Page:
. . . Predicting and Minimizing Environmental Impacts . . .
 

The Species



Harbor Porpoise (Phocoena phocoena)


© 2002 Encyclopædia Britannica, Inc.

Any toothed whale in the family Phocoenidae. The four species (genus Phocoena) of the common, or harbour, porpoise are primarily fish eaters that travel in pairs or large groups. They are gray or black above and white below. The shy P. phocoena, found throughout the Northern Hemisphere, rarely leaps. The other species of Phocoena are found along Californian and South American coasts. The active, gregarious Dall porpoise (Phocoenoides dalli) of the North Pacific and the True porpoise (P. truei) of Japan often swim with ships, usually in groups of 2 to 20. Both eat cephalopods and fishes and are black with a large white patch on each side. The black finless porpoise (Neomeris phocoenoides), a small, slow animal, inhabits the Pacific and Indian oceans. At most 7 ft (2 m) long, porpoises are shorter and chubbier than dolphins and have a blunt snout.

For an in-depth description, visit the harbor porpoise species profile at OBIS-SEAMAP.



Harbor Seal (Phoca vitulina)

Nonmigratory, earless seal found throughout the Northern Hemisphere. Harbour seals are whitish or grayish at birth, generally gray with black spots as adults. The adult male may reach a length of about 6 ft (1.8 m) and a weight of almost 300 lb (130 kg); the female is somewhat smaller. Found along coastlines and in a few freshwater lakes in Canada and Alaska, the harbour seal is a gregarious animal that feeds on fish, squid, and crustaceans. It is of little economic value and in some areas is considered a nuisance by fishermen.

For an in-depth description, visit the harbor seal species profile at OBIS-SEAMAP.



Humpback Whale (Megaptera novaeangliae)


© 2002 Encyclopædia Britannica, Inc.

They live along all major ocean coasts, sometimes swimming close inshore or even into harbours and up rivers. Humpbacks grow to 40–52 ft (12–16 m) long. They are black above, with some white below, and have large knobs on the head and jaws. The humpback migrates between polar waters in summer and tropical or subtropical breeding grounds in winter. It feeds on shrimplike crustaceans, small fish, and plankton. It is probably the most vocal of all whales and one of the most acrobatic. Much reduced in number by overhunting, humpbacks have been protected worldwide since the 1960s, and some populations seem to be increasing.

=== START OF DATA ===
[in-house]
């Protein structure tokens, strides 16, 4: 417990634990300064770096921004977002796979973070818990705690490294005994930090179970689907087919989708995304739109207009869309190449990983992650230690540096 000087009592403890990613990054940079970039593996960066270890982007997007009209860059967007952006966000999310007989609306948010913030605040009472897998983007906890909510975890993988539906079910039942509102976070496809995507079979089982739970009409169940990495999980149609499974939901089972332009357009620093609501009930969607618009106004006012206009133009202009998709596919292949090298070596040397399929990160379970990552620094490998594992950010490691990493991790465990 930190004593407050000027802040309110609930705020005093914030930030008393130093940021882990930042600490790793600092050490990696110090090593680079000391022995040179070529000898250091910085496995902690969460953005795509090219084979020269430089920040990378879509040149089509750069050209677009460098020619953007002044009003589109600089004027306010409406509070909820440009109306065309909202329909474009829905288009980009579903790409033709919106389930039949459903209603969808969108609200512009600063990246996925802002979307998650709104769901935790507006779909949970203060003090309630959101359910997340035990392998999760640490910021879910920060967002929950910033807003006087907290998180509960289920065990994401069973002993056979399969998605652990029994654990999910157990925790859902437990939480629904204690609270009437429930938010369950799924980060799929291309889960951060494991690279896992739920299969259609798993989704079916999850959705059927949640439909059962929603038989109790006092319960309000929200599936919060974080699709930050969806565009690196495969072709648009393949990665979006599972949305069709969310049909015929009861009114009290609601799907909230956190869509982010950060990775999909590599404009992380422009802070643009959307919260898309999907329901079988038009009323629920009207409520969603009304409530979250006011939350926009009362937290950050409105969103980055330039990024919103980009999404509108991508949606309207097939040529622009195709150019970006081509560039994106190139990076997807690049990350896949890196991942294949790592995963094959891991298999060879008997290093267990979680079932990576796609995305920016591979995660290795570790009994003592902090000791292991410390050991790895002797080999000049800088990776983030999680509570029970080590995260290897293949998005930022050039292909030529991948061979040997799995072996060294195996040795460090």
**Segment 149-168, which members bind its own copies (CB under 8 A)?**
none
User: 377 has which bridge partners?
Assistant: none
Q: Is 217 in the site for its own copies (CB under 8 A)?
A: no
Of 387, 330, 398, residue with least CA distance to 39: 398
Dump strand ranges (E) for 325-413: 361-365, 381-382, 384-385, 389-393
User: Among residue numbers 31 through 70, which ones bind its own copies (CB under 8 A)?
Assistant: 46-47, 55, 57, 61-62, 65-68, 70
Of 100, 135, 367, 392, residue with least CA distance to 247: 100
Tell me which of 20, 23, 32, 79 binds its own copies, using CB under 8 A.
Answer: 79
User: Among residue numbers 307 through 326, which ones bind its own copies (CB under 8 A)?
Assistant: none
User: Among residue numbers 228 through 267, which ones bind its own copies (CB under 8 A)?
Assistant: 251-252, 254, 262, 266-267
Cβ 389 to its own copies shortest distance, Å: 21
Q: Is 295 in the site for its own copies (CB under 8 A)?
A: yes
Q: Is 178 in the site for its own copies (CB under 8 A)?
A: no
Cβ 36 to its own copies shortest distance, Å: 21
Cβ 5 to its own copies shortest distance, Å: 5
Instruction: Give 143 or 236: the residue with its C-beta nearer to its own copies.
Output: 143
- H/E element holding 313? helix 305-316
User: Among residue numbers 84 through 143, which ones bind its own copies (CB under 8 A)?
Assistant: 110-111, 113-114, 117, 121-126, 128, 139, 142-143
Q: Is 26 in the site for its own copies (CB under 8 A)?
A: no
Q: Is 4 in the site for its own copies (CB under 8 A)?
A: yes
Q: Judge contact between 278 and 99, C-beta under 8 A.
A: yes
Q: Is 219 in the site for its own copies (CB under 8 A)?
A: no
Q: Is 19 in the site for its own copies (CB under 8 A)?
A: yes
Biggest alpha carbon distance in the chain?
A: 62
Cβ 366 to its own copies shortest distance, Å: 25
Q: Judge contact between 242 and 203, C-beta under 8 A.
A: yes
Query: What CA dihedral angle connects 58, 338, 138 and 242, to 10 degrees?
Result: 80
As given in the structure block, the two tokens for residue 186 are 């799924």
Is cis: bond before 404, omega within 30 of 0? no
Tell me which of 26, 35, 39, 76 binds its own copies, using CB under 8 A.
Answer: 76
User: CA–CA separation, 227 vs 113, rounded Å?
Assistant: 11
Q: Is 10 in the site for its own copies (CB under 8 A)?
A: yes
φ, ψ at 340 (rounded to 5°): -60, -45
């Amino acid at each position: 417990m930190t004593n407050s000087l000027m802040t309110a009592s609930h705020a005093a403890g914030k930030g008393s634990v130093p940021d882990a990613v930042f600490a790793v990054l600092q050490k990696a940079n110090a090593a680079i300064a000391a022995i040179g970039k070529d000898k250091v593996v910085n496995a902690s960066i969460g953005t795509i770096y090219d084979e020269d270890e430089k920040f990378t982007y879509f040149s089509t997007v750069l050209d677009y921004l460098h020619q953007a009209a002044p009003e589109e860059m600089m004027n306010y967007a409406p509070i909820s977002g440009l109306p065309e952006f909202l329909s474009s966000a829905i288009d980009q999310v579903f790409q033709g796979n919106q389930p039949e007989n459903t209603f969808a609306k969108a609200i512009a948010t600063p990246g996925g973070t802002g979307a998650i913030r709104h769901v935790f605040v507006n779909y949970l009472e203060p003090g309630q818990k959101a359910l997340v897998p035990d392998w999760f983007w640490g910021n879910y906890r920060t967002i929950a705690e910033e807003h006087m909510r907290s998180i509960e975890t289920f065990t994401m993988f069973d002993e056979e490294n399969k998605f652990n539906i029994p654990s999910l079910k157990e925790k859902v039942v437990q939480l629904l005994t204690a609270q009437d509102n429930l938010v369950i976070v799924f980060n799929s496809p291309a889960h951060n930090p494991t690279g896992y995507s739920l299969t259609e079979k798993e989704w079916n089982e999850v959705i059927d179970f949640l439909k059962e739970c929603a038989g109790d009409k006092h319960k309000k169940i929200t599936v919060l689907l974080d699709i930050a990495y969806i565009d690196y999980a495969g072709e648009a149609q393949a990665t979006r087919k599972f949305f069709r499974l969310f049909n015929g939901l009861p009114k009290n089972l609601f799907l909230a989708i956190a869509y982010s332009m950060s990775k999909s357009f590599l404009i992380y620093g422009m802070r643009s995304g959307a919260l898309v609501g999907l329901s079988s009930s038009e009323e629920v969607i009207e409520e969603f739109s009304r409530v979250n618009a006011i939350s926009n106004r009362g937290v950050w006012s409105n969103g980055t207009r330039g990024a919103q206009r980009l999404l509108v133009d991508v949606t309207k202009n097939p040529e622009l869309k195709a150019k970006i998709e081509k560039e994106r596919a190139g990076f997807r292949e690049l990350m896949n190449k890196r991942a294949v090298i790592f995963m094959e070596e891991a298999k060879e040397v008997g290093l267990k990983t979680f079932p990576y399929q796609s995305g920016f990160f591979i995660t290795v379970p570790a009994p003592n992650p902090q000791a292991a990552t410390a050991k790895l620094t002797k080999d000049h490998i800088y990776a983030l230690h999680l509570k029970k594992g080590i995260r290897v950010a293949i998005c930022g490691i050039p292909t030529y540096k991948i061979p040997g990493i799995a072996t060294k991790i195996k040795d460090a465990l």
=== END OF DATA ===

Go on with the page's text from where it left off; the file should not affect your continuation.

For an in-depth description, visit the humpback whale species profile at OBIS-SEAMAP.



Leatherback Sea Turtle (Dermochelys coriacea)


© 2002 Encyclopædia Britannica, Inc.

The leatherback is the largest, deepest diving, and most migratory and wide ranging of all sea turtles. The adult leatherback can reach 4 to 8 feet in length and 500 to 2000 pounds in weight. Its shell is composed of a mosaic of small bones covered by firm, rubbery skin with seven longitudinal ridges or keels. The skin is predominantly black with varying degrees of pale spotting; including a notable pink spot on the dorsal surface of the head in adults. A toothlike cusp is located on each side of the gray upper jaw; the lower jaw is hooked anteriorly. The paddle-like clawless limbs are black with white margins and pale spotting. Hatchlings are predominantly black with white flipper margins and keels on the carapace. Jellyfish are the main staple of its diet, but it is also known to feed on sea urchins, squid, crustaceans, tunicates, fish, blue-green algae, and floating seaweed.

For an in-depth description, visit the leatherback species profile at OBIS-SEAMAP.



N. Atlantic Right Whale (Eubalaena glacialis)


© 2002 Encyclopædia Britannica, Inc.

Any of five species (genera Balaena, Eubalaena, and Caperea) of baleen whales (family Balaenidae) with a stout body and an enormous head. The upper jaw is strongly arched, and the lower lip curves upward along the side, giving the lower jaw a scooplike form. There is no dorsal fin except in the pygmy right whale (Caperea marginata), a small, seldom-seen whale of the Southern Hemisphere. The bowhead whale (Balaena mysticetus), inhabiting Arctic and northern temperate waters, is black, with a white chin, throat, and sometimes underparts. It grows to about 65 ft (20 m). The northern right whale (E. glacialis) grows to 60 ft (18 m). Similar to the bowhead but with a smaller, less strongly arched head, it may also have a “bonnet,” a horny growth infested with parasites, on its snout. Both species have been protected since 1946.

For an in-depth description, visit the right whale species profile at OBIS-SEAMAP.



Sperm Whale (Physeter macrocephalus)


© 2002 Encyclopædia Britannica, Inc.

Sperm whales have an enormous head, squarish in profile, and a narrow, underslung lower jaw with large conical teeth that fit into sockets in the toothless upper jaw when the mouth is closed. They are dark blue-gray or brownish. (Herman Melville's Moby-Dick was presumably an albino.) The male grows to 60 ft (18 m). Herds of 15–20 live in temperate and tropical waters worldwide. They commonly dive to 1,200 ft (350 m), feeding primarily on cephalopods. The whales have been hunted for their spermaceti (a waxy substance in the snout, used in ointments and cosmetics) and for ambergris.

For an in-depth description, visit the sperm whale species profile at OBIS-SEAMAP.